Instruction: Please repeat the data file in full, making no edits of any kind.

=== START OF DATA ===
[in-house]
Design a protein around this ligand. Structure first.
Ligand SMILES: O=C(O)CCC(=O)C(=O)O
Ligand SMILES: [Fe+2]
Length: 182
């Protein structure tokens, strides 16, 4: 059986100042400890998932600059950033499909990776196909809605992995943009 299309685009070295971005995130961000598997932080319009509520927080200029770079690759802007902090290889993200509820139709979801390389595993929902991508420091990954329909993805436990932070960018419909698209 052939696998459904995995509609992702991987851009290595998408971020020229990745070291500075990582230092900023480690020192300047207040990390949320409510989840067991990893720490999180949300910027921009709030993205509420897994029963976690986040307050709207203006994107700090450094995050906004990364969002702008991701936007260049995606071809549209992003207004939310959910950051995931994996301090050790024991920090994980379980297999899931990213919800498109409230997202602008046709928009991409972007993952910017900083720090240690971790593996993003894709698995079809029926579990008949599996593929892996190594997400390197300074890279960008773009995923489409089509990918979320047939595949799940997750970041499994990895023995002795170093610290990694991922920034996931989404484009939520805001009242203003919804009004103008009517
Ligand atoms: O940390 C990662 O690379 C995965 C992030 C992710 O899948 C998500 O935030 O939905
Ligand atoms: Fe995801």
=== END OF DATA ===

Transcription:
[in-house]
Design a protein around this ligand. Structure first.
Ligand SMILES: O=C(O)CCC(=O)C(=O)O
Ligand SMILES: [Fe+2]
Length: 182
């Protein structure tokens, strides 16, 4: 059986100042400890998932600059950033499909990776196909809605992995943009 299309685009070295971005995130961000598997932080319009509520927080200029770079690759802007902090290889993200509820139709979801390389595993929902991508420091990954329909993805436990932070960018419909698209 052939696998459904995995509609992702991987851009290595998408971020020229990745070291500075990582230092900023480690020192300047207040990390949320409510989840067991990893720490999180949300910027921009709030993205509420897994029963976690986040307050709207203006994107700090450094995050906004990364969002702008991701936007260049995606071809549209992003207004939310959910950051995931994996301090050790024991920090994980379980297999899931990213919800498109409230997202602008046709928009991409972007993952910017900083720090240690971790593996993003894709698995079809029926579990008949599996593929892996190594997400390197300074890279960008773009995923489409089509990918979320047939595949799940997750970041499994990895023995002795170093610290990694991922920034996931989404484009939520805001009242203003919804009004103008009517
Ligand atoms: O940390 C990662 O690379 C995965 C992030 C992710 O899948 C998500 O935030 O939905
Ligand atoms: Fe995801």